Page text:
The opinion of the court was delivered by: Ellen Segal Huvelle United States District Judge
In this Freedom of Information Act ("FOIA") case, plaintiff challenges the Executive Office for United States Attorneys' ("EOUSA") response to his request. EOUSA moves to dismiss or for summary judgment. Upon consideration of the parties' submissions and the entire record, the Court grants EOUSA's motion for summary judgment.
By request dated August 11, 2005, to the United States Attorney's Office, plaintiff requested records pertaining to grand jury proceedings in the Superior Court of the District of Columbia, which resulted in his criminal indictment (Nos. F536-96 and F153-96). (Defs.' Ex. 1, Declaration of David Luczynski, Ex. A.) EOUSA acknowledged plaintiff's request by letter dated September 27, 2006, but explained that processing his request could take up to nine months to complete. (Id., Ex. B). Plaintiff appealed to the Office of Information and Privacy by letter of October 16, 2006 (id., Ex. C); he filed this action on February 9, 2007.
By letter of October 3, 2007, EOUSA, having searched and located eight pages of responsive records (id., Ex. E), released the pages to plaintiff with redactions. (Id., Ex. D.)
EOUSA redacted third-party information under FOIA exemption 7(C). See 5 U.S.C. § 552(b).
Summary judgment should be granted to the movant if it has shown, when the facts are viewed in the light most favorable to the non-movant, that there are no genuine issues of material fact and that the movant is entitled to judgment as a matter of law. Fed. R. Civ. P. 56(c); see generally Celotex Corp. v. Catrett, 477 U.S. 317 (1986). The party opposing a motion for summary judgment "may not rest upon the mere allegations or denials of his pleading, but . . . must set forth specific facts showing that there is a genuine issue for trial." Anderson v. Liberty Lobby, Inc., 477 U.S. 242, 248 (1986) (quoting First Nat'l Bank of Ariz. v. Cities Serv. Co., 391 U.S. 253, 288 (1968)). All reasonable inferences that may be drawn from the facts must be drawn in favor of the nonmoving party. Id. at 255.
In a FOIA action, the Court may award summary judgment to the agency solely on the basis of information provided in affidavits or declarations that describe "the documents and the justifications for nondisclosure with reasonably specific detail, demonstrate that the information withheld logically falls within the claimed exemption, and are not controverted by either contrary evidence in the record nor by evidence of agency bad faith." Military Audit Project v. Casey, 656 F.2d 724, 738 (D.C. Cir. 1981); accord Campbell v. Dep't of Justice, 164 F.3d 20, 30 (D.C. Cir. 1998) (quoting King v. Dep't of Justice, 830 F.2d 210, 217 (D.C. Cir. 1987)); Vaughn v. Rosen, 484 F.2d 820, 826 (D.C. Cir. 1973), cert. denied, 415 U.S. 977 (1974). Summary judgment is not warranted if the declarations "are 'conclusory, merely reciting statutory standards, or . . . too vague or sweeping.'" King, 830 F.2d at 219 (internal footnote and citations omitted).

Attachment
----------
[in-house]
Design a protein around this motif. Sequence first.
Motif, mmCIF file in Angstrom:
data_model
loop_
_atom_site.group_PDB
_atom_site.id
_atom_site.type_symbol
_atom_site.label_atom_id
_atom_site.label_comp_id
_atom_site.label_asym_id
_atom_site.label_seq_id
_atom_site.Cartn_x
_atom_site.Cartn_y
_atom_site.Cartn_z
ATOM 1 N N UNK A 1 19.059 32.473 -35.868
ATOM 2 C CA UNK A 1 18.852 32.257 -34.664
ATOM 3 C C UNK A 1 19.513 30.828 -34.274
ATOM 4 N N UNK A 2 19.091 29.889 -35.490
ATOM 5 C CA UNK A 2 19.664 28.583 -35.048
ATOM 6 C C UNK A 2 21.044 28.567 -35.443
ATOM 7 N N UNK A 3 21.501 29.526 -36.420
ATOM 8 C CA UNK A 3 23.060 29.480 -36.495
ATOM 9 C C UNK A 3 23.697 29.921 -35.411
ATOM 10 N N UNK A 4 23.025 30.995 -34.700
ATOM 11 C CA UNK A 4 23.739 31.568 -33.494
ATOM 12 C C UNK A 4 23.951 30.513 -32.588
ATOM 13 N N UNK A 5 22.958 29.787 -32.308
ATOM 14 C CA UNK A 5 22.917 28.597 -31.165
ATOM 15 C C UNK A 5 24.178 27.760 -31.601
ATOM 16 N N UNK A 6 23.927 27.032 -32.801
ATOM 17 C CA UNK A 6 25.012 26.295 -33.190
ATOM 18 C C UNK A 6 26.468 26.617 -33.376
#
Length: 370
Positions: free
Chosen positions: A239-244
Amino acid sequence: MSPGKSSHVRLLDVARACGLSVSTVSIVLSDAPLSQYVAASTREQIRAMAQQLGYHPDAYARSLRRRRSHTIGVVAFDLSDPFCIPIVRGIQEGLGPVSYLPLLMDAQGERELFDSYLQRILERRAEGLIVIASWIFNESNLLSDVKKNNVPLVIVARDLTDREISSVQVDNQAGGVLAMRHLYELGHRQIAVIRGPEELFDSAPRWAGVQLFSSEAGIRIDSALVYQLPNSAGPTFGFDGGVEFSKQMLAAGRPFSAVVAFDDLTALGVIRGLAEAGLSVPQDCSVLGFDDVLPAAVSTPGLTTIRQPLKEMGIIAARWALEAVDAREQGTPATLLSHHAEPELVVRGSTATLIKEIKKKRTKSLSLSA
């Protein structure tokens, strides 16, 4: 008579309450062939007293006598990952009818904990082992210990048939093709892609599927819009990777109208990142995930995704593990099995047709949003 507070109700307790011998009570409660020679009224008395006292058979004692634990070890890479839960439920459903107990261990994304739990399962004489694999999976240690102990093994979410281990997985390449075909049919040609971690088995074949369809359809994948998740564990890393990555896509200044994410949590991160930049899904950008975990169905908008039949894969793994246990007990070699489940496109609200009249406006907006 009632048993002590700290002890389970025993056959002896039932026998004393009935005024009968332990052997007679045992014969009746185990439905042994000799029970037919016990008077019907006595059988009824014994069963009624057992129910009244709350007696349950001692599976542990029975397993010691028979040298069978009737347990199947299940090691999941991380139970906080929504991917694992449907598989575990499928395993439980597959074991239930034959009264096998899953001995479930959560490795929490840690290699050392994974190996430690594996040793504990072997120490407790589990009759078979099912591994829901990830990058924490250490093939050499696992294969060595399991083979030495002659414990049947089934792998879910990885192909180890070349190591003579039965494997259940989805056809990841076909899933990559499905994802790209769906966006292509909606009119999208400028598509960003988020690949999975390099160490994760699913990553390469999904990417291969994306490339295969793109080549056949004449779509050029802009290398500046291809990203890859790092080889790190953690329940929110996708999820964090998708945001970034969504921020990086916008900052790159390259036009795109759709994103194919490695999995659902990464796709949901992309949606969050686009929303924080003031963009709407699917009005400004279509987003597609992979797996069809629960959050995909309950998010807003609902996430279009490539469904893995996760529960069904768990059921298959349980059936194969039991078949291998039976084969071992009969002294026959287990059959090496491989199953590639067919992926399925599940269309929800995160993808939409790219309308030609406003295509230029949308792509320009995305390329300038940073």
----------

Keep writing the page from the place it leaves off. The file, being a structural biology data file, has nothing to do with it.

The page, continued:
As an initial matter, to the extent that plaintiff has "add[ed] more requests" in his first amended complaint (Pl.'s Opp'n [Dkt. No. 33] at 4 ¶ 27), he has not exhausted his administrative remedies by first presenting those requests to the agency and obtaining a decision from the agency. The Court's FOIA jurisdiction extends only to determining the lawfulness of the government's withholding of agency records. See 5 U.S.C. § 552(a)(4)(B); Kissinger v. Reporters Comm. for Freedom of the Press, 445 U.S. 136, 139 (1980). Because there is no indication that the government has withheld any records responsive to the alleged new requests, the Court lacks jurisdiction to entertain a claim based on such requests.*fn1 McGehee v. CIA, 697 F.2d 1095, 1105 (D.C. Cir. 1983) ("Judicial authority to devise remedies and enjoin agencies can only be invoked, under the jurisdictional grant conferred by § 552, if the agency has [improperly withheld agency records].").
Turning to the merits of the claim properly before the Court, defendant redacted "names and other identifying aspects relating to third party individuals" pursuant to FOIA exemption 7(C). (Luczynski Decl. ¶ 17.) Exemption 7(C) protects records compiled for law enforcement purposes to the extent that their disclosure "could reasonably be expected to constitute an unwarranted invasion of personal privacy." 5 U.S.C. § 522(b)(7)(C). Plaintiff does not dispute, and therefore concedes, defendant's asserted reasons for redacting the information from the eight released pages. (See Luczynski Decl. ¶¶ 14-16; Order of October 9, 2007 (advising plaintiff about his obligations in responding to the summary judgment motion).) Third-party information in criminal records is routinely protected from disclosure under exemption 7(C) in the absence, as here, of an overriding public interest. Nation Magazine v. U.S. Customs Serv., 71 F.3d 885, 896 (D.C. Cir. 1995). Accordingly, defendant is entitled to judgment as a matter of law on the claimed exemption.
2. Adequacy of the Search
Plaintiff questions defendant's search for records. (See Pl.'s Opp'n ¶¶ 37-43, 47-53.) The agency to which a FOIA request is submitted is required "to make a good faith effort to conduct a search for the requested records, using methods which can reasonably be expected to produce the information requested." Int'l Trade Overseas, Inc., v. Agency for Int'l Dev., 688 F. Supp. 33, 36 (D.D.C. 1988) (quoting Marrera v. U.S. Dep't of Justice, 622 F. Supp. 51, 54 (D.D.C. 1985)) (citation omitted). An inadequate search for records therefore ...